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How to handle broken patio slab

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  • #123215
    DesertDeuces
    Pro
    Indio, CA

    I’m not that familiar with masonry and I have a crappy patio slab that’s breaking from tree roots. I’ve been wondering for years what to do with it. The highest point I found is 5/8″ high, getting to be a trip hazard. Since I live in an apartment complex, I don’t own the property and have to watch my pennies on what I do. But, since I manage the place I have free rein other than that.

    Just wondering if anyone has suggestions…

    Pat

    #123220
    redwood
    Pro

    Unfortunately, If you want a nice patio the only way you are really going to fix it is have Cali and Dirty come for a visit and take it out.

    Short of that, one of the rewards here is the quickcrete concrete crack filler.

    Mark E.

    Pioneer, CA

    Working Pro 1972 - 2015
    Member since Jan 22, 2013
    www.creative-redwood-designs.com

    #123225
    DirtyWhiteBoy
    Pro
    Honolulu,, Hi.

    If it’s tree roots I think they will keep causing trouble until the tree is taken out.

    Dirty

    A Working Pro since 1988!

    Member since January 26, 2013.

    #123227
    Calidecks64
    Pro
    Anaheim Hills, Cali

    Ive seen tree roots raise a slab 4 inches. You should at least cut the root where it enters under the slab. Im sure your on top of this anyway.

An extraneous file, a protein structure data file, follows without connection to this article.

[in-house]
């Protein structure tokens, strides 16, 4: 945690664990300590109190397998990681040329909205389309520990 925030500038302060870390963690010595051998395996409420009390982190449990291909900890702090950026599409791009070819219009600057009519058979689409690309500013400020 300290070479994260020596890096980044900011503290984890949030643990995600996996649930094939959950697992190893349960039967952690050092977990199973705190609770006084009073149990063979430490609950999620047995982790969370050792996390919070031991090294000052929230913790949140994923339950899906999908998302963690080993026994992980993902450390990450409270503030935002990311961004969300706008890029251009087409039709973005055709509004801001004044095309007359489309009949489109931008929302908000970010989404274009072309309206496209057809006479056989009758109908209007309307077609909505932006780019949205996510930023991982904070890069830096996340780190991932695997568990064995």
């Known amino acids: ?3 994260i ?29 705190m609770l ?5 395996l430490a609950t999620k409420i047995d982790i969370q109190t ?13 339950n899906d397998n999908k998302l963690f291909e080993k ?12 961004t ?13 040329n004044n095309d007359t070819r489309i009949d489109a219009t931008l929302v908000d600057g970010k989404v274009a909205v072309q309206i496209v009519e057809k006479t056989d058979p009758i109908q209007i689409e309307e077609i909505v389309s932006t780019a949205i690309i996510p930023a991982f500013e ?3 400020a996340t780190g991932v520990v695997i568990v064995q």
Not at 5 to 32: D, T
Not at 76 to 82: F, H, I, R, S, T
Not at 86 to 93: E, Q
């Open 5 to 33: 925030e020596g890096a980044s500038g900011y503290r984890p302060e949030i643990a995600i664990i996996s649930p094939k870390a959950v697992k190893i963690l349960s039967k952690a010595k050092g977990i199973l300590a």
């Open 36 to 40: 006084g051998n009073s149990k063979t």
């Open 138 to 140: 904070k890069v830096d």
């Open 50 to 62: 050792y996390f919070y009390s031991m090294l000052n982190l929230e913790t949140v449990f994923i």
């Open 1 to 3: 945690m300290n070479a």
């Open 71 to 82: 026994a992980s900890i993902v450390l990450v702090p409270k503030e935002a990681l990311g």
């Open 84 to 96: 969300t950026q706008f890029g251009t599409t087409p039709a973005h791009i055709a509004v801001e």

#123231
    redwood
    Pro

    What, no volunteers to help out one of our own?

    But I agree, the tree roots will have to be handled for any slab to have a chance.

    Mark E.

    Pioneer, CA

    Working Pro 1972 - 2015
    Member since Jan 22, 2013
    www.creative-redwood-designs.com

    #123240
    ChadM
    Moderator
    Rogers, Ohio

    I agree, the tree roots would have to go before you did anything to the slab. The sidewalk in front of my house was heaved in several places from roots from a large maple tree. The tree was causing other issues (hanging over the porch roof, and a section of the tree was dead) so I cut the tree down, pulled the bad slabs, removed the roots, and poured some new sidewalks.

    Chad

    A Working Pro since 1993

    Member since 12/07/2013

    #123242
    NJBuilder
    Pro
    Brick, NJ, 500,000 HAM

    Fix what’s causing the problem then fix the result of that problem which is the slab.

    #123258
    kurt@welkerhomes.com
    Moderator
    Owatonna, MN - Minnesota

    I just replaced 3 like that last fall. about the only thing you can do is tear it out and install new concrete. compact the area under the slab real well and use rebar this time. There are only two kinds of concrete, that that is cracked and that that will crack. rebar wull keep both of them together and ensure you do not get differential movement in the cracks.

    Sealing, caulking, overlaying are only cosmetic fixes and are like putting lipstick on a pig, in the end you still have a pig

    #123264
    TopNotch
    Pro
    elmwood park, NJ

    Maybe its time to wrap your leg in an ace bandage and place a few bandaides on your face so you can bring up the issue with the property manager.

    These problems cause lawsuit. Given your kind nature, having it fixed will be enough. πŸ™‚

    Working Pro since 1993

    Tom M

    #123272
    Lakelover
    Pro
    Fort Qu'Appelle, SK

    Call it a skate board park and up the rent ???

    #123280
    RSG
    Pro
    Niles, OH

    I agree with Kurt, He couldnt of said it much better

    #123287
    SamM